|This article needs additional citations for verification. (February 2014) (Learn how and when to remove this template message)|
In its original sense in South Asia, punkah typically describes a handheld fan made from a single frond of palmyra palm or a woven square of bamboo strips, rattan or other plant fibre, that can be rotated or fanned. These are called punkah in Hindustani. These small handheld devices are still used by millions when ceiling fans stop working during frequent power outages.
In the colonial age, the word came to be used in British India and elsewhere in the tropical and subtropical world for a large swinging fan, fixed to the ceiling, and pulled by a coolie, called the punka wallah in India, during the hot weather. To cover a larger area, such as in an office or a courthouse, a number of punkahs could be connected together by strings so that they would swing in unison. The material used could range from utilitarian rattan to expensive fabrics. The date of this invention is not known, but it was familiar to the Arabs as early as the 8th century. It was not commonly used in India before the end of the 18th century.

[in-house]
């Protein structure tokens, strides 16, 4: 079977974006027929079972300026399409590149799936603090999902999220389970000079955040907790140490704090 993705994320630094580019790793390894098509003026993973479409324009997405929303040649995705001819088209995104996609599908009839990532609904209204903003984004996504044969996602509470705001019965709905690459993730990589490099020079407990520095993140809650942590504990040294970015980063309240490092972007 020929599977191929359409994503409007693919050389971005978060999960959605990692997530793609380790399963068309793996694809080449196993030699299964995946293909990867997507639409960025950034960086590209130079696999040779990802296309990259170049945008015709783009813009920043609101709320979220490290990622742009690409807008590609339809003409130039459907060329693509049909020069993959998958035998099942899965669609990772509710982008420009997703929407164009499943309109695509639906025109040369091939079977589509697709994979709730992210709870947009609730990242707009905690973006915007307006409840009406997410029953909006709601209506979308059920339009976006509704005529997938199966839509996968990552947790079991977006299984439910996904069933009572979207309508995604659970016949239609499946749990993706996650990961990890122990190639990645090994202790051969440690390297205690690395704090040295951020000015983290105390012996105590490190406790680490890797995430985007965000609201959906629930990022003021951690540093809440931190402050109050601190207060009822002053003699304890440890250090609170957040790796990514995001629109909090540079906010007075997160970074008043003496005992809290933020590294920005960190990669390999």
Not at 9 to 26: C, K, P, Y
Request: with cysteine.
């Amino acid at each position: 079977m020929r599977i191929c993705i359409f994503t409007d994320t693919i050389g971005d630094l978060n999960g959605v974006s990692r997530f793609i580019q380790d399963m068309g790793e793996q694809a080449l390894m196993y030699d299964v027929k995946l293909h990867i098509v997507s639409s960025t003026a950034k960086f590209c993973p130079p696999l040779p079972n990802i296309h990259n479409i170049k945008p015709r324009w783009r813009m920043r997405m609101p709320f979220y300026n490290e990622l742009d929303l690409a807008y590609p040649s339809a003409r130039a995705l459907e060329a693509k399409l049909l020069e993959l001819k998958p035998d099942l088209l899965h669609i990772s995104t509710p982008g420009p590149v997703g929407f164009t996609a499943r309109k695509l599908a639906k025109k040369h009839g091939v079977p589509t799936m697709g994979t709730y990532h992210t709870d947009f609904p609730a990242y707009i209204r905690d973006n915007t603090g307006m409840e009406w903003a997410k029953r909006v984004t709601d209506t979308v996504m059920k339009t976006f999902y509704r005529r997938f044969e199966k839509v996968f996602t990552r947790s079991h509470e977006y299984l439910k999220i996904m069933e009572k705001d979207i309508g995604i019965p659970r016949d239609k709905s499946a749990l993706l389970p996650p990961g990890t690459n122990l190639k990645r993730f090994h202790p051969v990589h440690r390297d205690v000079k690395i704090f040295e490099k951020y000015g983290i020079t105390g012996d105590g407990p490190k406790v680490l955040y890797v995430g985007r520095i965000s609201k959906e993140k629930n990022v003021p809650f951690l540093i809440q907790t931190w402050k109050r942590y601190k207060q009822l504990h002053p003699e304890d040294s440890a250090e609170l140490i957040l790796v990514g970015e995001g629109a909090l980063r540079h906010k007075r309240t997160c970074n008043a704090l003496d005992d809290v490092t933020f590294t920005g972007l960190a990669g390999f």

The electric fan largely supplanted it in barracks and other large buildings at the beginning of the 20th century.
The term was carried over to punkah louvre, to refer to the outlet for cool air in aircraft, particularly those over the passenger seats.
A punkah in an antebellum house in Natchez, Mississippi